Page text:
Sweepstakes Committee: Jim McGarvey; Wes Dorsheimer
Race Results: (1) KapSig (2:55); Beta and DTD were 2nd and 3rd
Design Comp: (1) PiKA
Weather: Sunny; High of 70/66, Low of 48/39
1941 saw KapSig stretch it’s winning streak to a then-record 6 straight years, a rash of flat tires, and a vehicle issue that you probably wouldn’t see in today’s race.
- Early Morning Practices Begin. We don’t know exactly when off-campus practices gave way to early morning practice on the course itself, but by 1941, teams were limited in their practices to 5am-7am on the course. Teams began practicing some time in April.
- Rundown of Buggies. Originally, it was expected that 10 teams would compete, but SigNu ultimately dropped out and it’s unclear if SAE ended up rolling. For the 8 other orgs, here’s a breakdown of their buggies (2 new, 6 returning):
- PhiKap – PhiKap built a new buggy for 1941 after failing to get their wheels in time for the 1940 race. This new buggy was a 3-wheeler, with a steel frame and colored plastic coating.
- Theta Xi – Theta Xi also built a new buggy in 1941, though it was designed to be very similar to their previous buggy. The main difference was the addition of a covering, to make it more aerodynamic.
- KapSig – KapSig brought out their 5-time champion, making just their standard change to the silk covering design.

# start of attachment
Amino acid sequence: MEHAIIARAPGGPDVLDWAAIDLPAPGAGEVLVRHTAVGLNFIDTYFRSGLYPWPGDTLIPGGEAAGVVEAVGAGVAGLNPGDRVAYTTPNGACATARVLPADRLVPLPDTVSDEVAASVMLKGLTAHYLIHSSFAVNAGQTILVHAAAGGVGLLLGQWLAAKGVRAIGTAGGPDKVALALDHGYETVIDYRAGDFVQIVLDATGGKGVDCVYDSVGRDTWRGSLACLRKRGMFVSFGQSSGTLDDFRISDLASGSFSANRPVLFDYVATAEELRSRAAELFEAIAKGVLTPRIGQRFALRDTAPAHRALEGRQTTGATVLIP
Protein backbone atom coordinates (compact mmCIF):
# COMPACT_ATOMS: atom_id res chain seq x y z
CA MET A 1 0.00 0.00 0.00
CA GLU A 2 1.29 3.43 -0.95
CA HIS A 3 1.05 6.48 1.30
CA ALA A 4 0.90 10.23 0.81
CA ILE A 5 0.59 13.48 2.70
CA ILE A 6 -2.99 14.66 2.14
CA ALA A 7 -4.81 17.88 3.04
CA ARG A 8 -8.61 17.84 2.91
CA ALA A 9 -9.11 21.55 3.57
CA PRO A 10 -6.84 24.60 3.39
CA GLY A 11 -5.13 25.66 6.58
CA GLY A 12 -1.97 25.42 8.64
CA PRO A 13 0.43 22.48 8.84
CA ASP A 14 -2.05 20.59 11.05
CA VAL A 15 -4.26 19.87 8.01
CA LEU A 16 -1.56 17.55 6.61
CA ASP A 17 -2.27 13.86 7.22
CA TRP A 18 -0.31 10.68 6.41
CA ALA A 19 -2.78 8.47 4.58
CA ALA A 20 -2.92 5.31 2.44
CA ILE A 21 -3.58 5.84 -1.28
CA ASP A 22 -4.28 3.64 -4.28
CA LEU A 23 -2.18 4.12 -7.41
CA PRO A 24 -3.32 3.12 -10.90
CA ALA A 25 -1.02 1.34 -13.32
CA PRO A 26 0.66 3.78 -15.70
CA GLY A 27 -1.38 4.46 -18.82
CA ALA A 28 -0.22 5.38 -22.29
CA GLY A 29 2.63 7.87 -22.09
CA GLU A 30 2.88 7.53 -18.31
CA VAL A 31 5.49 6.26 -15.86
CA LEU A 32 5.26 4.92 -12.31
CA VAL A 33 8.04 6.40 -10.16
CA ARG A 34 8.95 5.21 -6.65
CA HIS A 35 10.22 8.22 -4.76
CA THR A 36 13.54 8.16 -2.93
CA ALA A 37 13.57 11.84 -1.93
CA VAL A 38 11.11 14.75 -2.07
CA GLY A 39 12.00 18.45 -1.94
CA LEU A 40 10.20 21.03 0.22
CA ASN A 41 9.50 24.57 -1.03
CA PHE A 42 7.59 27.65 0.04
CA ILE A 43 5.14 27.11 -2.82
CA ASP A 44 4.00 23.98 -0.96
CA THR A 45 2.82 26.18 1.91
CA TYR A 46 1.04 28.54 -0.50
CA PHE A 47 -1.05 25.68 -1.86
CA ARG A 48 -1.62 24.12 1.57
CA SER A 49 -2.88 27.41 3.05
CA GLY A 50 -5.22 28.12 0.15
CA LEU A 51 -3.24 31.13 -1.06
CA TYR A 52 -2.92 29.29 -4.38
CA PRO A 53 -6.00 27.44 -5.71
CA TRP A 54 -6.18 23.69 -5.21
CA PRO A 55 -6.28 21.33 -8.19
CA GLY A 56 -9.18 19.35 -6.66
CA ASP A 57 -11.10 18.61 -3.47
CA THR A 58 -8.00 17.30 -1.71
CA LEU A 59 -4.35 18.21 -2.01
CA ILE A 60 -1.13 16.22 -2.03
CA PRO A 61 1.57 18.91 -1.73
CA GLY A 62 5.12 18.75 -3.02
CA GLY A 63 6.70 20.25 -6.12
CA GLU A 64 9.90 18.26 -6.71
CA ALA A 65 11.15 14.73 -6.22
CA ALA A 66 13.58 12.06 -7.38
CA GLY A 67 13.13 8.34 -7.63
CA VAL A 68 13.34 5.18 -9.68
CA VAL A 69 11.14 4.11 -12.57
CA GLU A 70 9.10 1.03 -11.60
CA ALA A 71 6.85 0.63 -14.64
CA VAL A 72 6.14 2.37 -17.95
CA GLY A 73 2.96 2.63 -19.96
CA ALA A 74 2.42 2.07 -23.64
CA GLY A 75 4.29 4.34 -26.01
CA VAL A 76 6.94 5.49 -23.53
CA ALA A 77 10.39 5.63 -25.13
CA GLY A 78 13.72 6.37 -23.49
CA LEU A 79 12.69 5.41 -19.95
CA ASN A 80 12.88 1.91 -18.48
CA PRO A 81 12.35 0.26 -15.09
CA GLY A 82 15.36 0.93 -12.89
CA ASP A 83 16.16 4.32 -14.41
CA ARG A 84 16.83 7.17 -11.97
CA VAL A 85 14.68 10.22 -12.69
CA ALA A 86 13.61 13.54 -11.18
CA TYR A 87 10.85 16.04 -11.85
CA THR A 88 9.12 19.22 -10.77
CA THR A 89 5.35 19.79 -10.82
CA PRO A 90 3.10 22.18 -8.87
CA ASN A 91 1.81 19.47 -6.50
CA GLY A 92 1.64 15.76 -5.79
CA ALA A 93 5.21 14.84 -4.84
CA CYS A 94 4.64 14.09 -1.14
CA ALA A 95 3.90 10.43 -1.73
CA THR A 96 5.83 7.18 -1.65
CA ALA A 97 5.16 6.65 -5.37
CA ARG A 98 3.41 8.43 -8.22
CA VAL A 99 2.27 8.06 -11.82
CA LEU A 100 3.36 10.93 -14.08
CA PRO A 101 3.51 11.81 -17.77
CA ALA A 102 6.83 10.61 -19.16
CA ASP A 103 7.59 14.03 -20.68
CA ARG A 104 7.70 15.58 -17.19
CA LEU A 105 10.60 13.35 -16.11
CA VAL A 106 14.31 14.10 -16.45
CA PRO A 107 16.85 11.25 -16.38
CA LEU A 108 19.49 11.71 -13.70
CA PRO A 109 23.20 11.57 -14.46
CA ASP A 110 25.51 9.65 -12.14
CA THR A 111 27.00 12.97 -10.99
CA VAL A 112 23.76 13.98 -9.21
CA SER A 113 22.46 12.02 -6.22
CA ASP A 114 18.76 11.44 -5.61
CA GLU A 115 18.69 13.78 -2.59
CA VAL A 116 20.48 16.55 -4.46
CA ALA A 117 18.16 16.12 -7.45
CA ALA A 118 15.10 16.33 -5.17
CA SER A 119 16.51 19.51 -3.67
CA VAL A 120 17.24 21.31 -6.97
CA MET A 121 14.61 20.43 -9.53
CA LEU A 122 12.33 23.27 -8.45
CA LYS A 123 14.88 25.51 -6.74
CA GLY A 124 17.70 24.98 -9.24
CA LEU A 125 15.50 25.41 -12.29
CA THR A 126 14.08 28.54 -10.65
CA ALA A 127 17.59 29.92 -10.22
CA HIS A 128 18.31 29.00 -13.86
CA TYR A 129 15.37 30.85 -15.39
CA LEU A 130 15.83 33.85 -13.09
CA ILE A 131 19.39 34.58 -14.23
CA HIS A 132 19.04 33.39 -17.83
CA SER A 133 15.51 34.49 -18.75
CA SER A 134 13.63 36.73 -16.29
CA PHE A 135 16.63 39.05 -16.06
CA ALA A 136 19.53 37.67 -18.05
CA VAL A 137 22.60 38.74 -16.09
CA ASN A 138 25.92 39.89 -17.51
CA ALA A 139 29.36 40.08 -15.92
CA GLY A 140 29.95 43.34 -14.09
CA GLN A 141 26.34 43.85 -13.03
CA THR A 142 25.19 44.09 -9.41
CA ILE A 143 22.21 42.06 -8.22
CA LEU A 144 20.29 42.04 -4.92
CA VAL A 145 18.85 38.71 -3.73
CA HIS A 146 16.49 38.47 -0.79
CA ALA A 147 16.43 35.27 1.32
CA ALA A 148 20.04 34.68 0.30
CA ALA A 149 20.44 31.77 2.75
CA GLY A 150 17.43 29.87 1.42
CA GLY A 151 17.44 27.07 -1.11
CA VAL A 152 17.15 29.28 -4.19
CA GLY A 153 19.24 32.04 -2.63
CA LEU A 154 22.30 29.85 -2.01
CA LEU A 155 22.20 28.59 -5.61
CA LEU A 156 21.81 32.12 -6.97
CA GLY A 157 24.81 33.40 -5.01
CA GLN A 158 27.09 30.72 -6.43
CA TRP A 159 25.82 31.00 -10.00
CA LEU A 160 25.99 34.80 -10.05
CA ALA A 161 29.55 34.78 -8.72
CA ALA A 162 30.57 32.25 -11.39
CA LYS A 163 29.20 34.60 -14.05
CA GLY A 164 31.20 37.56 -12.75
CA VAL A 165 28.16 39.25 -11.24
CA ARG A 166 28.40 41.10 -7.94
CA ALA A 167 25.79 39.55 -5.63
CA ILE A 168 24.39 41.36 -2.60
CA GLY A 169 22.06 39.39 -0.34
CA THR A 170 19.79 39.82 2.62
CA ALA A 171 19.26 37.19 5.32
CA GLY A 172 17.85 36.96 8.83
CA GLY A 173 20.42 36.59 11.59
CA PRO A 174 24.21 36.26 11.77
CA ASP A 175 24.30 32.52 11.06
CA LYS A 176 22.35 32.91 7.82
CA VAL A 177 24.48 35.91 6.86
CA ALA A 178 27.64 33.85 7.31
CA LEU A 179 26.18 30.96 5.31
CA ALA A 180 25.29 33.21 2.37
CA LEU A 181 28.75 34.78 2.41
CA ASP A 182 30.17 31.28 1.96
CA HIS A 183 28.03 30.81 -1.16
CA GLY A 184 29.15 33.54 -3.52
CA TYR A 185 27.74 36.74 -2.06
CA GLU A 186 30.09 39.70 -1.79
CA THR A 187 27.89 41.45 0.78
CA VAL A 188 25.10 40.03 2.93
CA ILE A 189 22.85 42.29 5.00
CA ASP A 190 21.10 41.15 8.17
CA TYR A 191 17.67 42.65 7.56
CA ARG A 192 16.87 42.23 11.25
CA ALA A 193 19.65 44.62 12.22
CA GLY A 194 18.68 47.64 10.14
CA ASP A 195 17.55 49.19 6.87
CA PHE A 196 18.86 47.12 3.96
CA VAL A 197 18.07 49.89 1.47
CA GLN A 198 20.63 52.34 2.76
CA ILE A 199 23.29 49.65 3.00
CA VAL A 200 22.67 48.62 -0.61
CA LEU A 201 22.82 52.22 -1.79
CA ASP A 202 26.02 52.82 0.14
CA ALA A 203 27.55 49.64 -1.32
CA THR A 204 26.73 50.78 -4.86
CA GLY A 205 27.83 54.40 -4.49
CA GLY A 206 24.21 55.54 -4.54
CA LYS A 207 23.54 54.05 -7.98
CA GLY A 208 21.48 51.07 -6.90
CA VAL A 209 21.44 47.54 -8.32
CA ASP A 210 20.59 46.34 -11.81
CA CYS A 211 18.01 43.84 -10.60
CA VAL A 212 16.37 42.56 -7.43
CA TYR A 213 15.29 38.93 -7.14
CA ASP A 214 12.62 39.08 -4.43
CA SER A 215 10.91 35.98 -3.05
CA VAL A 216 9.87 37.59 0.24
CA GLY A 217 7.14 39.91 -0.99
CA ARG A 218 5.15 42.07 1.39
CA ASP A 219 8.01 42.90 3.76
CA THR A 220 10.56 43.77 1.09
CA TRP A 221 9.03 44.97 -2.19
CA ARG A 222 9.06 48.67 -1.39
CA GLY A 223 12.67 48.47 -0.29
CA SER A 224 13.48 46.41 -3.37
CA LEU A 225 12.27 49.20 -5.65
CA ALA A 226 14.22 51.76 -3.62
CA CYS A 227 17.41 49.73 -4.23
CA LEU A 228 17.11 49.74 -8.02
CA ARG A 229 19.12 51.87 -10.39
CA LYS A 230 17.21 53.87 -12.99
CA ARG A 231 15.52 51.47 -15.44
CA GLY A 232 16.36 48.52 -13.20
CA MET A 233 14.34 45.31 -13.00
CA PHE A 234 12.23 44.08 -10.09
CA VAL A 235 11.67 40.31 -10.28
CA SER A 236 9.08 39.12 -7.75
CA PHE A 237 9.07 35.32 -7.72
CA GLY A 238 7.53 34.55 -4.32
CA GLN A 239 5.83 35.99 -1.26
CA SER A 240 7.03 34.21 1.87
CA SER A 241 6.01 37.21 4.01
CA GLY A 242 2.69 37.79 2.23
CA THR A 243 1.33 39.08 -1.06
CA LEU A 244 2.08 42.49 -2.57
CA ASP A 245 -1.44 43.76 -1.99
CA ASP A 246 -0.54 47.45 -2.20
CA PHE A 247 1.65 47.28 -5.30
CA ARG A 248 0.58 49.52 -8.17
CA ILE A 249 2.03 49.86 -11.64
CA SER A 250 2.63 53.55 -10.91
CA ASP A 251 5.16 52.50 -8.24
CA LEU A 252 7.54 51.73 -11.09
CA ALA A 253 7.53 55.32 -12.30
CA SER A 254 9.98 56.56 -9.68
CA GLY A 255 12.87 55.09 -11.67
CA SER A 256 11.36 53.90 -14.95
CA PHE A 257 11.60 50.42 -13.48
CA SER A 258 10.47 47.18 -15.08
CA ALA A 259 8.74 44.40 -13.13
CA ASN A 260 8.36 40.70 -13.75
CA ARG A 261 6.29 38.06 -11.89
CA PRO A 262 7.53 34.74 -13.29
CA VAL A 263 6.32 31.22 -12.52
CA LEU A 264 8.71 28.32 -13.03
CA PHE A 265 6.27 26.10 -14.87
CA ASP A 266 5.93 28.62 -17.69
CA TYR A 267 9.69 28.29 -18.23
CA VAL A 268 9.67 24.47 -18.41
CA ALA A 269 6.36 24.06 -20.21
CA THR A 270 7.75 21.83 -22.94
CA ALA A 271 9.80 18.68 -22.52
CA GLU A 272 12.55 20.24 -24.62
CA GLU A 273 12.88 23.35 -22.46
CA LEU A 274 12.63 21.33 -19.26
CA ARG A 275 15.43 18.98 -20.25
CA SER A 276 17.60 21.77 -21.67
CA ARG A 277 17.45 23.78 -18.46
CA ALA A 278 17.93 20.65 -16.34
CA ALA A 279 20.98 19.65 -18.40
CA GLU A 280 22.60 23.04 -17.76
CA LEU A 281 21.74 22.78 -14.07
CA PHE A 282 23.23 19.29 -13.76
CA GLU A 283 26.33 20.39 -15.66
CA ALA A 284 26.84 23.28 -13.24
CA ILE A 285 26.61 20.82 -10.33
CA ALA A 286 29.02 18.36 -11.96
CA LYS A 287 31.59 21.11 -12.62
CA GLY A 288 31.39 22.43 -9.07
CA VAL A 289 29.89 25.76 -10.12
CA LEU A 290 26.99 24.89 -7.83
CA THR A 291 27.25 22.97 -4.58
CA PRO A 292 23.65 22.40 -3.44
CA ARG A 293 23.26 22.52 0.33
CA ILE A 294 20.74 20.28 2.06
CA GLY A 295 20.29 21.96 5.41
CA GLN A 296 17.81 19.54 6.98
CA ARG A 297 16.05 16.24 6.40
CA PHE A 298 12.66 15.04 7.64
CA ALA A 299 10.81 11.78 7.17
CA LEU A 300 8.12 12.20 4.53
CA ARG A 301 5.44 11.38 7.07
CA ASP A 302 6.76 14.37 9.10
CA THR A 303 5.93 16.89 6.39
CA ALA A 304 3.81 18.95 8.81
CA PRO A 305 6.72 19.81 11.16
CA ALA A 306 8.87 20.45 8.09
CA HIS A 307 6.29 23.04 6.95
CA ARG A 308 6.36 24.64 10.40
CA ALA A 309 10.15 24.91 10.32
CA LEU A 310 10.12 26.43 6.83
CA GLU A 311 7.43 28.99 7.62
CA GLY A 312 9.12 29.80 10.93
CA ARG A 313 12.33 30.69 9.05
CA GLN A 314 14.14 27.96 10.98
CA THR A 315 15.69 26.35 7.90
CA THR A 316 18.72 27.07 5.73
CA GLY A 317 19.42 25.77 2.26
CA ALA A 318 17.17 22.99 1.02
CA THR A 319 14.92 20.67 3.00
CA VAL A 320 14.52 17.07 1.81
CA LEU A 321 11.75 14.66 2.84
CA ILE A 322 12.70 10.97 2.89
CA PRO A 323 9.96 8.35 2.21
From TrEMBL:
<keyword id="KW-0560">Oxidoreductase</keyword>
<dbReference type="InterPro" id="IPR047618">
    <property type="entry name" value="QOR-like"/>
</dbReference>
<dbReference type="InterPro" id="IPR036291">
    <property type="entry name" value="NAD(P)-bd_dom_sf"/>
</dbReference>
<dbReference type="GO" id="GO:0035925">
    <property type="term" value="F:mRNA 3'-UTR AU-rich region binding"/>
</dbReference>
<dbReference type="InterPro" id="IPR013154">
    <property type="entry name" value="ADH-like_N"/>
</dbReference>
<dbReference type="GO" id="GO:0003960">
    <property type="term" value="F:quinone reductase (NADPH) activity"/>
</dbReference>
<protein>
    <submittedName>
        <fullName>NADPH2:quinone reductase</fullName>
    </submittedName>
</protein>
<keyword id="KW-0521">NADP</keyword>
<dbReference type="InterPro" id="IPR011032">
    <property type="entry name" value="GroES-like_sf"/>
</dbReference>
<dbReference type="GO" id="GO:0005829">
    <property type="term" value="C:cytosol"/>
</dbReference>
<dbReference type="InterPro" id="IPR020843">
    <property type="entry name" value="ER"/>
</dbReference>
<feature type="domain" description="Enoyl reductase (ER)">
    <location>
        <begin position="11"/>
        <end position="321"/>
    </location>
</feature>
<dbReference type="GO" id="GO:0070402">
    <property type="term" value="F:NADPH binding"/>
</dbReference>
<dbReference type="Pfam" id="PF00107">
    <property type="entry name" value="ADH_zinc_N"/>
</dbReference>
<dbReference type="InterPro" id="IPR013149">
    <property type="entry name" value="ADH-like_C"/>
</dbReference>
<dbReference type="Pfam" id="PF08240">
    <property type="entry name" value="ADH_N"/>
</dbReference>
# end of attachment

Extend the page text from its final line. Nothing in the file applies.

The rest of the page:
- Beta – Beta returned their new build from 1940, but removed some of the aluminum to make the buggy lighter.
- DTD – DTD’s buggy consisted of a hollow welded steel frame.
- DU – DU’s 3-wheeler, which was designed by Howard Cole, had a higher center of gravity than other buggies.
- ATO – ATO returned their (rarely seen on the course by 1941) 4-wheeler, with a wooden framework and no covering; a real old-school model.
- PiKA – PiKA brought back the same buggy from 1940, but made some adjustments to prevent the buggy from crumpling as it did when it crashed in 1940 on its way up the front hills.
- Car Crash. The race was run in 2 heats, with 4 buggies expected to move on to the Finals (though it’s unclear if it was supposed to be the 4 fastest times, or the top 2 from each heat; ultimately, only 3 advanced). Heat 2 was pretty uneventful, as the only drama came when PhiKap’s 3-wheeler enter the freeroll first, but KapSig was able to pass it in the freeroll and cruise to a Prelim time of 2:53 (Beta finished 2nd). In Heat 1, DU’s 3-wheeler got up the front hills and went into the freeroll first, followed by DTD. DU’s lead widened during the freeroll…until a car appeared on the course. DU swerved to avoid the car but ended up hitting and going over the curb, breaking one of their wheels. Apparently the wheel damage wasn’t an unexpected occurrence though; on the two previous days, DU broke the same wheel in the same location during practice rolls, but they were able to repair it both times. Unfortunately, you only get one chance on Raceday…